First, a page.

The impact of item-writing flaws and item complexity on examination item difficulty and discrimination value

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dc.contributor.author Rush, Bonnie R.
dc.contributor.author Rankin, David C.
dc.contributor.author White, Bradley J.
dc.date.accessioned 2017-02-14T23:20:45Z
dc.date.available 2017-02-14T23:20:45Z
dc.identifier.uri http://hdl.handle.net/2097/35158
dc.description Citation: Rush, B. R., Rankin, D. C., & White, B. J. (2016). The impact of item-writing flaws and item complexity on examination item difficulty and discrimination value. BMC Medical Education, 16(1). doi:10.1186/s12909-016-0773-3
dc.description.abstract Background: Failure to adhere to standard item-writing guidelines may render examination questions easier or more difficult than intended. Item complexity describes the cognitive skill level required to obtain a correct answer. Higher cognitive examination items promote critical thinking and are recommended to prepare students for clinical training. This study evaluated faculty-authored examinations to determine the impact of item-writing flaws and item complexity on the difficulty and discrimination value of examination items used to assess third year veterinary students. Methods: The impact of item-writing flaws and item complexity (cognitive level I-V) on examination item difficulty and discrimination value was evaluated on 1925 examination items prepared by clinical faculty for third year veterinary students. Results: The mean (± SE) percent correct (83.3 % ± 17.5) was consistent with target values in professional education, and the mean discrimination index (0.18 ± 0.17) was slightly lower than recommended (0.20). More than one item-writing flaw was identified in 37.3 % of questions. The most common item-writing flaws were awkward stem structure, implausible distractors, longest response is correct, and responses are series of true-false statements. Higher cognitive skills (complexity level III-IV) were required to correctly answer 38.4 % of examination items. As item complexity increased, item difficulty and discrimination values increased. The probability of writing discriminating, difficult examination items decreased when implausible distractors and all of the above were used, and increased if the distractors were comprised of a series of true/false statements. Items with four distractors were not more difficult or discriminating than items with three distractors. Conclusion: Preparation of examination questions targeting higher cognitive levels will increase the likelihood of constructing discriminating items. Use of implausible distractors to complete a five-option multiple choice question does not strengthen the discrimination value. © 2016 The Author(s).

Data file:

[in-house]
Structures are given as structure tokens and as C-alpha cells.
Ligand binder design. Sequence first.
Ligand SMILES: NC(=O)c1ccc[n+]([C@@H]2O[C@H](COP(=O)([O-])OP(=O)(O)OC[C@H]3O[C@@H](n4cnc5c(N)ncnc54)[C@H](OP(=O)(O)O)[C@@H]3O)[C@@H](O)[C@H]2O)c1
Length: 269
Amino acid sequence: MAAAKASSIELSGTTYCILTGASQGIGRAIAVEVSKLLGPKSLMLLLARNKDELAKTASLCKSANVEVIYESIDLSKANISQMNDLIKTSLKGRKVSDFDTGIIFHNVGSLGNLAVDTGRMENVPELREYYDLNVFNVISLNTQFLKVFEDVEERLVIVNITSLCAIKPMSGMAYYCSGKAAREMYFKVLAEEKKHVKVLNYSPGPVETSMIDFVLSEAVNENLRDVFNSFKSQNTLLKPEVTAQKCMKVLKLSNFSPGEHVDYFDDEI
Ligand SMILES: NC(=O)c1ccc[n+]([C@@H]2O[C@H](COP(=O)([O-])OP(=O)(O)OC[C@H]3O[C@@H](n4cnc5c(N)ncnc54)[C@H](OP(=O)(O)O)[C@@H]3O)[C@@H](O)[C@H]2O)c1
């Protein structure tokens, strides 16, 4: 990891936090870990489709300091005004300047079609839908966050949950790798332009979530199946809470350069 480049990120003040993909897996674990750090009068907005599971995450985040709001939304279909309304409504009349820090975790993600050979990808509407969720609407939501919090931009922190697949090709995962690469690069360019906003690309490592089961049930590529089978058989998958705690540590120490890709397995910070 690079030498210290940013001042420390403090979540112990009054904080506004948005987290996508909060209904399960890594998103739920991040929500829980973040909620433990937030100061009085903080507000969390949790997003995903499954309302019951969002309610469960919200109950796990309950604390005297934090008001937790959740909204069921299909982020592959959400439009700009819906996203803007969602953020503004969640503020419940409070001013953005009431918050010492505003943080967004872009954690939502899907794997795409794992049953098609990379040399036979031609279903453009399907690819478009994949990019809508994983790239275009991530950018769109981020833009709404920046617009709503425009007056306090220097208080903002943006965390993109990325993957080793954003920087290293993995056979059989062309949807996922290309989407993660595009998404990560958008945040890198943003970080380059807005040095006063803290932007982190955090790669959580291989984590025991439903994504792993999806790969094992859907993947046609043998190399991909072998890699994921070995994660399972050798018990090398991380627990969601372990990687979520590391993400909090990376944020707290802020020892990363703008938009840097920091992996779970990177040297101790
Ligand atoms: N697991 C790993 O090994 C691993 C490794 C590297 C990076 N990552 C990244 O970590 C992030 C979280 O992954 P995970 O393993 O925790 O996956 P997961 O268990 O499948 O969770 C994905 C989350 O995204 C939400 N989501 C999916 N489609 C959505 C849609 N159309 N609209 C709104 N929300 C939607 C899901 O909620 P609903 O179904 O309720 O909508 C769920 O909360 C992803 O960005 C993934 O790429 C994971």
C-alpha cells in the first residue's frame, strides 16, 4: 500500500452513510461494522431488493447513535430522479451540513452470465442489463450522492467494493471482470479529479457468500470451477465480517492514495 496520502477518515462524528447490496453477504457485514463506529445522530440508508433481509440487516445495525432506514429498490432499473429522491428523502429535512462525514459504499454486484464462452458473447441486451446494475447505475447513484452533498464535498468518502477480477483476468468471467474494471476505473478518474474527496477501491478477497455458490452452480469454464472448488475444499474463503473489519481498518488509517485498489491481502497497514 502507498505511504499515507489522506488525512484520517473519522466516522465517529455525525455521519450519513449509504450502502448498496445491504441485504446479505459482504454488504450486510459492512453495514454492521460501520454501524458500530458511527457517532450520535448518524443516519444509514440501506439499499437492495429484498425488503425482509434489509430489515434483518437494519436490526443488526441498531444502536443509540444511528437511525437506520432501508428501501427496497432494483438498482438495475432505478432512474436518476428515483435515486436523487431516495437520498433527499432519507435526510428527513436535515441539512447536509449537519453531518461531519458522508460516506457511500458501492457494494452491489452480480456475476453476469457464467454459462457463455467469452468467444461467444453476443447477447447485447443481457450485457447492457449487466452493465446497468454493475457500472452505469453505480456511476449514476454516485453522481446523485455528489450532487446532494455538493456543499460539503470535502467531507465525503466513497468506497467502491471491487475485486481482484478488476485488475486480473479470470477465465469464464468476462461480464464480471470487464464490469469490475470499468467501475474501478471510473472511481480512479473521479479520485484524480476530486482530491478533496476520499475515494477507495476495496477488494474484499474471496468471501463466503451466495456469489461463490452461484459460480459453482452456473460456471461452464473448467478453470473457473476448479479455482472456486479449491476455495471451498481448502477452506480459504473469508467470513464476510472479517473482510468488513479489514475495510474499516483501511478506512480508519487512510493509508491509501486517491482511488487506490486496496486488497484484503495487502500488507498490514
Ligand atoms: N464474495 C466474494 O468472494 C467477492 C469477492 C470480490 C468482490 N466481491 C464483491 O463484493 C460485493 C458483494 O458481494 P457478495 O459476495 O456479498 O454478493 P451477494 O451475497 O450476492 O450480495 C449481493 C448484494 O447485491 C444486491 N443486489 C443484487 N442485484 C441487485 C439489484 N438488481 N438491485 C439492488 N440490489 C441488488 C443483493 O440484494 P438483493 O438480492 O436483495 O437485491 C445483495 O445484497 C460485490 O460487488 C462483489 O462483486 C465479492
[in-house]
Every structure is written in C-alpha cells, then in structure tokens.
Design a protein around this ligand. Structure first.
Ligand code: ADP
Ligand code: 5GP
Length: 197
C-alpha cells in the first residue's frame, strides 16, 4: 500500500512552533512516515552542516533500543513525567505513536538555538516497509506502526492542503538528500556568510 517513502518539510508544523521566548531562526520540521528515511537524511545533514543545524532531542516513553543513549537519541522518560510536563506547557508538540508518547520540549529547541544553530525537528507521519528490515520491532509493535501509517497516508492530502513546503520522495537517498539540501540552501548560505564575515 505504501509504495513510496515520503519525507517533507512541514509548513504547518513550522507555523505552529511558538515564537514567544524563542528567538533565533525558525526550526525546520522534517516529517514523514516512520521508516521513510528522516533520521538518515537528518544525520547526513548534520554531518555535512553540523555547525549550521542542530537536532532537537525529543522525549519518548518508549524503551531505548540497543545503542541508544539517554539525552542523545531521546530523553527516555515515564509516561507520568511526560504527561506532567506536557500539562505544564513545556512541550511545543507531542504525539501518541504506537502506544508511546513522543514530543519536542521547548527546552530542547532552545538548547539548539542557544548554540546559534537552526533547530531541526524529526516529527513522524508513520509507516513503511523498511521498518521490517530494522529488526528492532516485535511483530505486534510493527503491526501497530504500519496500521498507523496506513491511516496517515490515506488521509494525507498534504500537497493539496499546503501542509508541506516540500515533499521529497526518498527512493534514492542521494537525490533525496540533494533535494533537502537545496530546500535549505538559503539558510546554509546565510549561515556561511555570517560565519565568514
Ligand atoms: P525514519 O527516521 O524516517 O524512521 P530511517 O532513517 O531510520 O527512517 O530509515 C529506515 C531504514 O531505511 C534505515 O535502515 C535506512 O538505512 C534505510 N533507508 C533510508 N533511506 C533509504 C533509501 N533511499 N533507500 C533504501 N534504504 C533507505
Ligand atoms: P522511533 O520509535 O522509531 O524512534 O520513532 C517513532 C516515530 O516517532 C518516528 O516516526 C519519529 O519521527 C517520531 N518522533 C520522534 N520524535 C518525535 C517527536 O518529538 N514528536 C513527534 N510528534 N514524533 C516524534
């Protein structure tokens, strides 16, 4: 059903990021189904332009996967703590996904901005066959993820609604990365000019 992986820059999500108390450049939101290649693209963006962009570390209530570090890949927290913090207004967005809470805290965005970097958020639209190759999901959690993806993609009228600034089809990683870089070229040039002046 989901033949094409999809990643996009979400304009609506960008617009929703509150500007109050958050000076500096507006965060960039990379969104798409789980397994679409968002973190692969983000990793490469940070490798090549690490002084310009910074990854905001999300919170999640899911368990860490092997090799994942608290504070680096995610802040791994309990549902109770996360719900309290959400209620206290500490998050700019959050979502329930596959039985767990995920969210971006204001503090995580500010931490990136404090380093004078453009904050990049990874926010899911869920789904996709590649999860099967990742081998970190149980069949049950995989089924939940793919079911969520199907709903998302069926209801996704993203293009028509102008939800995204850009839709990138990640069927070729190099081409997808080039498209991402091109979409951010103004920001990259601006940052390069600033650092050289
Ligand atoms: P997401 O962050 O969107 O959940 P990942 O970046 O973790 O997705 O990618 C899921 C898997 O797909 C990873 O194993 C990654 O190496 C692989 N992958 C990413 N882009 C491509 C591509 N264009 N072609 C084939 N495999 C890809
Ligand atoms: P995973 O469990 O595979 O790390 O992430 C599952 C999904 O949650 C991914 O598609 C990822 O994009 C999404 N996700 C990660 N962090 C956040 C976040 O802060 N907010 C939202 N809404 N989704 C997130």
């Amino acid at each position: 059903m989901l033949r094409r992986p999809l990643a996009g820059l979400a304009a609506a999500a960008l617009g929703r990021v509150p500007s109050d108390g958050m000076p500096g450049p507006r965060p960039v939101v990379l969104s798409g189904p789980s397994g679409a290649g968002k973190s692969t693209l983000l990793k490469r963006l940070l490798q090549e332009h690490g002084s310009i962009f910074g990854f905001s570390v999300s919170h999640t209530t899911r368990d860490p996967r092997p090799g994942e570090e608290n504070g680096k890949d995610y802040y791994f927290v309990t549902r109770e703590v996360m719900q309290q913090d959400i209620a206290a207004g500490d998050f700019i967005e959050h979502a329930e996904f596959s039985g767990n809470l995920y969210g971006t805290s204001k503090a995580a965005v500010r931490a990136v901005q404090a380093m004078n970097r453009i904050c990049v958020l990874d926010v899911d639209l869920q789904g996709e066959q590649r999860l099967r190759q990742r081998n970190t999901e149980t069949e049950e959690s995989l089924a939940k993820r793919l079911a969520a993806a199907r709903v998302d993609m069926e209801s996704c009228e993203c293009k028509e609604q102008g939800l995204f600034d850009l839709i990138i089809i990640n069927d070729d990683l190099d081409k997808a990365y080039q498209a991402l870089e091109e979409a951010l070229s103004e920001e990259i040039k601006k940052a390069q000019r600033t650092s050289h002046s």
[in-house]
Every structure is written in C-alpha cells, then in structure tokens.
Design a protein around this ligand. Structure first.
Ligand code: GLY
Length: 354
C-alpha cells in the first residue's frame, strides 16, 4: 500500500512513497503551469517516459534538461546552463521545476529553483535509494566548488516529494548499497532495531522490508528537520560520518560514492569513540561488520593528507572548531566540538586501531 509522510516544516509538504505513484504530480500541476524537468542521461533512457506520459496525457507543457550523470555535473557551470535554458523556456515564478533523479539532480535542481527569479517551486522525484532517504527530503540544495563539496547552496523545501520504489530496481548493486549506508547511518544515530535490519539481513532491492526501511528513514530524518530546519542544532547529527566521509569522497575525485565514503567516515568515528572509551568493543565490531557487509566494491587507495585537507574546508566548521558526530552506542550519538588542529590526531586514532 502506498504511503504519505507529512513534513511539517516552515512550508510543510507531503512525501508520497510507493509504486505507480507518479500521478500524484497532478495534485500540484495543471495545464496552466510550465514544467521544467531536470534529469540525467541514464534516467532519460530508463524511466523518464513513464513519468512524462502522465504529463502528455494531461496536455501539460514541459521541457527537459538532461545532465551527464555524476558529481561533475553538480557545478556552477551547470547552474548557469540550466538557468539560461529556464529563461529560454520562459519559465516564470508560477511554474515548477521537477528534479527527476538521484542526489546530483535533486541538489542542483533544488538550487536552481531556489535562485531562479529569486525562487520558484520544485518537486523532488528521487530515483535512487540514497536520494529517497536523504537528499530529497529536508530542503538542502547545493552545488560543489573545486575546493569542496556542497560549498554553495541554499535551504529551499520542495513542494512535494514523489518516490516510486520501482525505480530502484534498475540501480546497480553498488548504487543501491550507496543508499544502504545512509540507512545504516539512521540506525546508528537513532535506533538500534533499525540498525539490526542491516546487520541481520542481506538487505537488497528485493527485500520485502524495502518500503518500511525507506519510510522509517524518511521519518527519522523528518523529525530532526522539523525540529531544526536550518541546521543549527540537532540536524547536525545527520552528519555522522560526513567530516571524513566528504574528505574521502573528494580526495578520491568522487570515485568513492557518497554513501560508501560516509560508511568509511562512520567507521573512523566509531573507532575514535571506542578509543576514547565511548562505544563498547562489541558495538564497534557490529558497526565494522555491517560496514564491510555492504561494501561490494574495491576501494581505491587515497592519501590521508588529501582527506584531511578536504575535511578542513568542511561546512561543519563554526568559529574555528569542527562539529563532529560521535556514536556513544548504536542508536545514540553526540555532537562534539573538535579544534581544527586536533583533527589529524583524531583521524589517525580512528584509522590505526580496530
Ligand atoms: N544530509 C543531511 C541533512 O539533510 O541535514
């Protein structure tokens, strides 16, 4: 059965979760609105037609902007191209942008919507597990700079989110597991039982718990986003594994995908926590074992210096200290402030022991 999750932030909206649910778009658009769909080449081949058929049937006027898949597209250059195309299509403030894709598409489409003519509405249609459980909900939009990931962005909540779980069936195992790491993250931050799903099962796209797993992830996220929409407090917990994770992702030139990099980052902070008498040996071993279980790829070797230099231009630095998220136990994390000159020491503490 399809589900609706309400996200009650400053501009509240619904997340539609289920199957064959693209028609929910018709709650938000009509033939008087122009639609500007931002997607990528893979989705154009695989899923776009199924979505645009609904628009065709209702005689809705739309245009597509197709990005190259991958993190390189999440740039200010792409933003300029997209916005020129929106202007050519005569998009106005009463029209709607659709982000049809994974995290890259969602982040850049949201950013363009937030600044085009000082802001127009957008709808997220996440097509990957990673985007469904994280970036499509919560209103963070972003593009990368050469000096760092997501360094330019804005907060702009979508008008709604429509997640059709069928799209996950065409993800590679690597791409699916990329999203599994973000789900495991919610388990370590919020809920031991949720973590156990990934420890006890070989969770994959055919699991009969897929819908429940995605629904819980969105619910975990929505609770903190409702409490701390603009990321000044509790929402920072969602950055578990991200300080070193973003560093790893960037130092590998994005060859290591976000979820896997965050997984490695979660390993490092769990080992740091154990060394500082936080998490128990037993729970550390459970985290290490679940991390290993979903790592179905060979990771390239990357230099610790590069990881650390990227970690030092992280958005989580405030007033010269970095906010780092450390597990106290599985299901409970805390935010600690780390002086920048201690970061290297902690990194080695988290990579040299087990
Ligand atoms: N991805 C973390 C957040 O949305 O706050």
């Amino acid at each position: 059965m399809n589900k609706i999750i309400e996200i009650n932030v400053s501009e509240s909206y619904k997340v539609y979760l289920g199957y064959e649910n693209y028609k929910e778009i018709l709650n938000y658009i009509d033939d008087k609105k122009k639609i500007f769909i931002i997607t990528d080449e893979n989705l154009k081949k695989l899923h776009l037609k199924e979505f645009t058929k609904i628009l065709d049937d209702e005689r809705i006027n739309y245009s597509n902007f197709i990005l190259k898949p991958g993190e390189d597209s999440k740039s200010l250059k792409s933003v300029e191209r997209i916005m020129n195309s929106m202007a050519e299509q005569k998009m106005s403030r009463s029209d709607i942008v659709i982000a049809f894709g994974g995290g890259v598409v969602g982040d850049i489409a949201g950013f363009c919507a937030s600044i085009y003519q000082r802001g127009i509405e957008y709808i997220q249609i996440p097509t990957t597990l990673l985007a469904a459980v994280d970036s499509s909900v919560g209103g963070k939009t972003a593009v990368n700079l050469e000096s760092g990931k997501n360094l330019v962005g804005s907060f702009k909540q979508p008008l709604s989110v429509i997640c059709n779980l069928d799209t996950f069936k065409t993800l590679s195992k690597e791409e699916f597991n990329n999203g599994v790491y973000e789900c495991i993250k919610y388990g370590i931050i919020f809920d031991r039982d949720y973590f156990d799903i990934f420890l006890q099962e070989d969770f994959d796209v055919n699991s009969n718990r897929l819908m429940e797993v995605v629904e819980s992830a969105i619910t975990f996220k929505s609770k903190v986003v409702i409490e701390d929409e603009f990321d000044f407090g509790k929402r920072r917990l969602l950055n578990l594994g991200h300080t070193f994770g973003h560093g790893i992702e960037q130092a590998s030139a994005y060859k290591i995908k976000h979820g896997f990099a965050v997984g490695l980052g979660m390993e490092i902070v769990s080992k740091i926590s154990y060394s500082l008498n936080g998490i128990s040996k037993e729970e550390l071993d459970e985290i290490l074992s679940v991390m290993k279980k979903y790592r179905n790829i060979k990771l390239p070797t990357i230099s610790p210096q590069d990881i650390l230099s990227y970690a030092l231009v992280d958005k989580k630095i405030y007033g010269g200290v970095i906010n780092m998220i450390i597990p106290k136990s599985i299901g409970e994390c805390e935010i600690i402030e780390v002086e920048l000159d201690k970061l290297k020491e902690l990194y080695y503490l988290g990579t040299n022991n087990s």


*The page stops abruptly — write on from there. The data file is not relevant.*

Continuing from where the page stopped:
dc.relation.uri https://doi.org/10.1186/s12909-016-0773-3
dc.rights Attribution 4.0 International (CC BY 4.0)
dc.rights.uri https://creativecommons.org/licenses/by/4.0/
dc.subject Item-Writing Flaws
dc.subject Multiple Choice Examinations
dc.subject Pre-Clinical Education
dc.subject True-False Examinations
dc.subject Veterinary Education
dc.title The impact of item-writing flaws and item complexity on examination item difficulty and discrimination value
dc.type Article
dc.date.published 2016
dc.citation.doi 10.1186/s12909-016-0773-3
dc.citation.issn 1472-6920
dc.citation.issue 1
dc.citation.jtitle BMC Medical Education
dc.citation.volume 16
dc.contributor.authoreid brush
dc.contributor.authoreid drankin
dc.contributor.authoreid whiteb
dc.contributor.kstate Rush, Bonnie R.
dc.contributor.kstate Rankin, David C.
dc.contributor.kstate White, Bradley J.
dc.contributor.kstate Mahmudiono, Trias


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Attribution 4.0 International (CC BY 4.0) Except where otherwise noted, the use of this item is bound by the following: Attribution 4.0 International (CC BY 4.0)

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